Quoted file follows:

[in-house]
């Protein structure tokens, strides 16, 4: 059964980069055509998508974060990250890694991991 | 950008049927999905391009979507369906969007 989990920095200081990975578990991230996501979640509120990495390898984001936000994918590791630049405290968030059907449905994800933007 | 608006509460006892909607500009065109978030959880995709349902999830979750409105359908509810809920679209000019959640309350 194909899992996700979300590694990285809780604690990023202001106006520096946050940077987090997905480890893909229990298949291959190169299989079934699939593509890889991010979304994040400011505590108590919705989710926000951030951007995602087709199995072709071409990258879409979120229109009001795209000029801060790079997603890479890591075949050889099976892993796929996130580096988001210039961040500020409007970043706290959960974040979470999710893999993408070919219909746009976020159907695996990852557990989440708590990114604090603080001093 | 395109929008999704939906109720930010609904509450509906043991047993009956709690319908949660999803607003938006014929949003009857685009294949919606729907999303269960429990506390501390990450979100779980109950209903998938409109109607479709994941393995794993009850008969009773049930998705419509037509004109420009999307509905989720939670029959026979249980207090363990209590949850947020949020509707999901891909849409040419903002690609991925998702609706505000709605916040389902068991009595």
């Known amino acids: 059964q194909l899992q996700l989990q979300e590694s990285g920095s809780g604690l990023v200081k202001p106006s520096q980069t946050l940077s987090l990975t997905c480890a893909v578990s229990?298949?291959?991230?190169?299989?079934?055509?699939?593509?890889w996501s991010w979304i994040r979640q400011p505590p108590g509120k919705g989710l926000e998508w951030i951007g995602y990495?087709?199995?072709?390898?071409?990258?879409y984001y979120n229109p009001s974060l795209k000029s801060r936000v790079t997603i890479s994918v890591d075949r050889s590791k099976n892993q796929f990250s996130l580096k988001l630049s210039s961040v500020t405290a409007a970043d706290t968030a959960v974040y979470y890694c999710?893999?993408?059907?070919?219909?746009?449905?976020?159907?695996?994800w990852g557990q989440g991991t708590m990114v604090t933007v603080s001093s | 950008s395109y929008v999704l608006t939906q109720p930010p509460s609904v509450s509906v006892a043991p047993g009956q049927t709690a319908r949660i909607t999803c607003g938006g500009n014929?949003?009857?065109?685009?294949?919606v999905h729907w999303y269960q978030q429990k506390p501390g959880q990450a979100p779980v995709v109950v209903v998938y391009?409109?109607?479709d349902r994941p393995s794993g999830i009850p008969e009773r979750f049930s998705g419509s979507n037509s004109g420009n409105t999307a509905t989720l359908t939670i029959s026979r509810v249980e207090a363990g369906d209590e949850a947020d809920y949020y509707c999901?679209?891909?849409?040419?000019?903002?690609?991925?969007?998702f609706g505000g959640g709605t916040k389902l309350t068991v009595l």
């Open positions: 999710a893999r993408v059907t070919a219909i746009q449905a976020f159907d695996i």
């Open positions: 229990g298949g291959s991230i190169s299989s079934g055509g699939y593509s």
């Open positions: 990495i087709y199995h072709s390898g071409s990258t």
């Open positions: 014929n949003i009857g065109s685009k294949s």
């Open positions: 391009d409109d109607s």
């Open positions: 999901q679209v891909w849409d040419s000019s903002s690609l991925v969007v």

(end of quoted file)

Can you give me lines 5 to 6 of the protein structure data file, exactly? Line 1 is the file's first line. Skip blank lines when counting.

């Open positions: 229990g298949g291959s991230i190169s299989s079934g055509g699939y593509s």
């Open positions: 990495i087709y199995h072709s390898g071409s990258t």